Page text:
Capital One Financial's CEO Discusses Q4 2011 Results - Earnings Call Transcript

Jan.19.12 | About: Capital One (COF)

Capital One Financial (NYSE:COF)

Q4 2011 Earnings Call

January 19, 2012 5:00 pm ET


Jeff Norris -

Richard D. Fairbank - Founder, Executive Chairman, Chief Executive Officer and President

Gary L. Perlin - Chief Financial Officer


Christoph M. Kotowski - Oppenheimer & Co. Inc., Research Division

Sanjay Sakhrani - Keefe, Bruyette, & Woods, Inc., Research Division

Joel Houck - Wells Fargo Securities, LLC, Research Division

Moshe Orenbuch - Crédit Suisse AG, Research Division

Donald Fandetti - Citigroup Inc, Research Division

Christopher Brendler - Stifel, Nicolaus & Co., Inc., Research Division

John W. Stilmar - SunTrust Robinson Humphrey, Inc., Research Division

David S. Hochstim - Buckingham Research Group, Inc.

Betsy Graseck - Morgan Stanley, Research Division

Brian Foran - Nomura Securities Co. Ltd., Research Division

Robert P. Napoli - William Blair & Company L.L.C., Research Division


Welcome to the Capital One Fourth Quarter 2011 Earnings Conference Call. [Operator Instructions] Thank you. I would now like to turn the call over to Mr. Jeff Norris, Senior Vice President of Global Finance. Please go ahead, sir.

Jeff Norris

Thanks very much, Dana, and welcome, everybody, to Capital One's Fourth Quarter 2011 Earnings Conference Call. As usual, we are webcasting live over the Internet. To access the call on the Internet, please log on to Capital One's website at and follow the links from there. In addition to the press release and financials, we have included a presentation summarizing our fourth quarter 2011 results.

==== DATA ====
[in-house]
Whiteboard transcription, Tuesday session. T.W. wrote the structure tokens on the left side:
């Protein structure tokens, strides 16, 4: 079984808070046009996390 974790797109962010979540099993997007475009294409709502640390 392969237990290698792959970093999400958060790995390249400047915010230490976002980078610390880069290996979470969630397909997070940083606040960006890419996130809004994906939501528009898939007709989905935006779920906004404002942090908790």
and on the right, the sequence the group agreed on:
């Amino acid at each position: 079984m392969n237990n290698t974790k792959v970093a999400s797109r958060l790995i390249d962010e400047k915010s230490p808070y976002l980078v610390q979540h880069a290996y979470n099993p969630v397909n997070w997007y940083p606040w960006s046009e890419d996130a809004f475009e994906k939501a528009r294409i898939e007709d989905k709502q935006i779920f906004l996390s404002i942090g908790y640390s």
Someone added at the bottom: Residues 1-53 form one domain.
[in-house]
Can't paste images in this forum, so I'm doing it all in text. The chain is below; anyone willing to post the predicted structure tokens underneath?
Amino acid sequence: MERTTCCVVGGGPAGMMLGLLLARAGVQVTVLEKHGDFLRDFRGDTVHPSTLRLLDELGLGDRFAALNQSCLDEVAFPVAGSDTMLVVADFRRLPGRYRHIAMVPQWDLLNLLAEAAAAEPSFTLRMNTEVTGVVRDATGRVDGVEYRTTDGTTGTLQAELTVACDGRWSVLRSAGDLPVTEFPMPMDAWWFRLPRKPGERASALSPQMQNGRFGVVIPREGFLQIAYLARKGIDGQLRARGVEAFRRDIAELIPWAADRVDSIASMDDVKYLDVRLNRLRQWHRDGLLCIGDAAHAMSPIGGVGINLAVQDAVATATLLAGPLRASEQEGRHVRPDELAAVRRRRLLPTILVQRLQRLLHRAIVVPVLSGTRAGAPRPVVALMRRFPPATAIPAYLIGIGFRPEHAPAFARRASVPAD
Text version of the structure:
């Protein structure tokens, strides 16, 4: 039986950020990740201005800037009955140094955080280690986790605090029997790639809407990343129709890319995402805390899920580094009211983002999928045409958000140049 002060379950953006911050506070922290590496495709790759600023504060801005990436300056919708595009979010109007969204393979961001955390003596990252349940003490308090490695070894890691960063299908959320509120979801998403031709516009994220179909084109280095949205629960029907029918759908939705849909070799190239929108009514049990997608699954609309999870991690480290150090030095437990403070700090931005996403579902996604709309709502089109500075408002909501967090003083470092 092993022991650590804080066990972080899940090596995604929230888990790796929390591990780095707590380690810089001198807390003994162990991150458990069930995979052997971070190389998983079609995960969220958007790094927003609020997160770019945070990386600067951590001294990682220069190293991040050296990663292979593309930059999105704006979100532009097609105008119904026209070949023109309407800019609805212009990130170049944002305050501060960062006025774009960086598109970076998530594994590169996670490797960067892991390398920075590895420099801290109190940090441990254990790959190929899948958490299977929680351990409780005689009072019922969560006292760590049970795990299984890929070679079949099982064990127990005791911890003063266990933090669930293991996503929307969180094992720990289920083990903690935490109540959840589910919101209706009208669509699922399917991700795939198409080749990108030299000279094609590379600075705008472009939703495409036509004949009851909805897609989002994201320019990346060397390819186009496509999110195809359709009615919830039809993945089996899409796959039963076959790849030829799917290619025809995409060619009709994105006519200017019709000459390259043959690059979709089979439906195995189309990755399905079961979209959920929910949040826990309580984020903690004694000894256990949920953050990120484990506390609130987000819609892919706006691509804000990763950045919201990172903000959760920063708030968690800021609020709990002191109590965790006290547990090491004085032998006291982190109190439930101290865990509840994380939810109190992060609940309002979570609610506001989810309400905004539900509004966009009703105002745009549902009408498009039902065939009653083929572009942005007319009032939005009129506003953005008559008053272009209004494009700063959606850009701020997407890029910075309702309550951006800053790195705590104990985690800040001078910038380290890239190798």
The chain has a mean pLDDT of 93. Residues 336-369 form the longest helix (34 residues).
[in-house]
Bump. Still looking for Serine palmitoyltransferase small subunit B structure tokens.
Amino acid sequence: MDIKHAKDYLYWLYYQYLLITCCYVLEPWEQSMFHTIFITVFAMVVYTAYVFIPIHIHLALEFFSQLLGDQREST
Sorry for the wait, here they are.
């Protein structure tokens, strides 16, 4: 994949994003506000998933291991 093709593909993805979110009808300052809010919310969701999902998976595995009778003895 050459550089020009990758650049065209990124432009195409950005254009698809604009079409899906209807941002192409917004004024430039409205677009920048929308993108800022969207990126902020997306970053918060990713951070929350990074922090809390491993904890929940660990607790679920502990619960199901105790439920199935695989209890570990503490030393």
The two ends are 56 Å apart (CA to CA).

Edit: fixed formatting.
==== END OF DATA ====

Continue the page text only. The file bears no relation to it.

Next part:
With me today are Mr. Richard Fairbank, Capital One's Chairman and Chief Executive Officer; and Mr. Gary Perlin, Capital One's Chief Financial Officer and Principal Accounting Officer. Rich and Gary will walk you through this presentation.

To access a copy of the presentation and the press release, please go to Capital One's website, click on Investors, then click on Quarterly Earnings Release.

Please note that this presentation may contain forward-looking statements. Information regarding Capital One's financial performance and any forward-looking statements contained in today's discussion and the materials speak only as of the particular date or dates indicated in the materials. Capital One does not undertake any obligations to update or revise any of this information, whether as a result of new information, future events or otherwise. Numerous factors could cause our actual results to differ materially from those described in forward-looking statements.

For more information on these factors, please see the section titled Forward-looking Information in the earnings release presentation and the Risk Factor section in our annual and quarterly reports accessible at the Capital One website and filed with the SEC.

With that, I'll turn the call over to Mr. Perlin. Gary?

Gary L. Perlin

Thanks, Jeff, and good afternoon to everyone listening to the call. Let me provide a few highlights from the quarter and full year on Slide 3. Capital One earned $407 million or $0.88 per share in the fourth quarter of 2011. We saw strength in loan growth and stable revenue. Earnings declined, however, due to increases in non-interest and provision expense, the latter reflecting stabilizing credit trends. There were an unusual number of unique items impacting revenue and operating expense, which I'll review in a moment.